(This article belongs to the Special Issue Object-Based Image Analysis)
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Open AccessArticle Object-Based Image Analysis of Downed Logs in Disturbed Forested Landscapes Using Lidar
Remote Sens. 2011, 3(11), 2420-2439; doi:10.3390/rs3112420
Received: 20 September 2011 / Revised: 9 November 2011 / Accepted: 10 November 2011 / Published: 16 November 2011
Cited by 19 | PDF Full-text (1984 KB) | HTML Full-text | XML Full-text
Abstract
Downed logs on the forest floor provide habitat for species, fuel for forest fires, and function as a key component of forest nutrient cycling and carbon storage. Ground-based field surveying is a conventional method for mapping and characterizing downed logs but is limited. In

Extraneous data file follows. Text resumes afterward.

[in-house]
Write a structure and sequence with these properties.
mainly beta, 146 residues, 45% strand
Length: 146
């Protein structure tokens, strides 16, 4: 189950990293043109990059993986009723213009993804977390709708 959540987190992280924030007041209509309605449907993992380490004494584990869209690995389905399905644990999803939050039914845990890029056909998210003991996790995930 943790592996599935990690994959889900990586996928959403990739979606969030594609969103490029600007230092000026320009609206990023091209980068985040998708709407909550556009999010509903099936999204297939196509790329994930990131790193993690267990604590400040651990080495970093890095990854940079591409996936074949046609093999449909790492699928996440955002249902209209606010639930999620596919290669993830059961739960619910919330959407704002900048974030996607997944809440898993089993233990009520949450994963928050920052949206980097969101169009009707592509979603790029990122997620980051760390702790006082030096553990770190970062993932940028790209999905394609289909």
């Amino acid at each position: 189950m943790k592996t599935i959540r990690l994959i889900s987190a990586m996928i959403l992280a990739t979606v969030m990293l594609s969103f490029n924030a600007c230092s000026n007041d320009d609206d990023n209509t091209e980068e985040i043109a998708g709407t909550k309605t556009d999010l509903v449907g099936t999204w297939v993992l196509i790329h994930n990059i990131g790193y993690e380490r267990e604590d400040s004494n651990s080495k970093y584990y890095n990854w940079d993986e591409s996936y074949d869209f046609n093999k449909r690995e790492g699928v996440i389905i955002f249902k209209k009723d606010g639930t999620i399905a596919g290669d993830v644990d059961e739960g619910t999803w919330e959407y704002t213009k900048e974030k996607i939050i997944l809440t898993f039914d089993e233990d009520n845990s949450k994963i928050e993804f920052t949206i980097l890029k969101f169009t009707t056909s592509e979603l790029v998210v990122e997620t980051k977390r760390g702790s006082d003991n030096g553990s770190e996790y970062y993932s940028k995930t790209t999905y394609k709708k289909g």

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Downed logs on the forest floor provide habitat for species, fuel for forest fires, and function as a key component of forest nutrient cycling and carbon storage. Ground-based field surveying is a conventional method for mapping and characterizing downed logs but is limited. In addition, optical remote sensing methods have not been able to map these ground targets due to the lack of optical sensor penetrability into the forest canopy and limited sensor spectral and spatial resolutions. Lidar (light detection and ranging) sensors have become a more viable and common data source in forest science for detailed mapping of forest structure. This study evaluates the utility of discrete, multiple return airborne lidar-derived data for image object segmentation and classification of downed logs in a disturbed forested landscape and the efficiency of rule-based object-based image analysis (OBIA) and classification algorithms. Downed log objects were successfully delineated and classified from lidar derived metrics using an OBIA framework. 73% of digitized downed logs were completely or partially classified correctly. Over classification occurred in areas with large numbers of logs clustered in close proximity to one another and in areas with vegetation and tree canopy. The OBIA methods were found to be effective but inefficient in terms of automation and analyst’s time in the delineation and classification of downed logs in the lidar data. Full article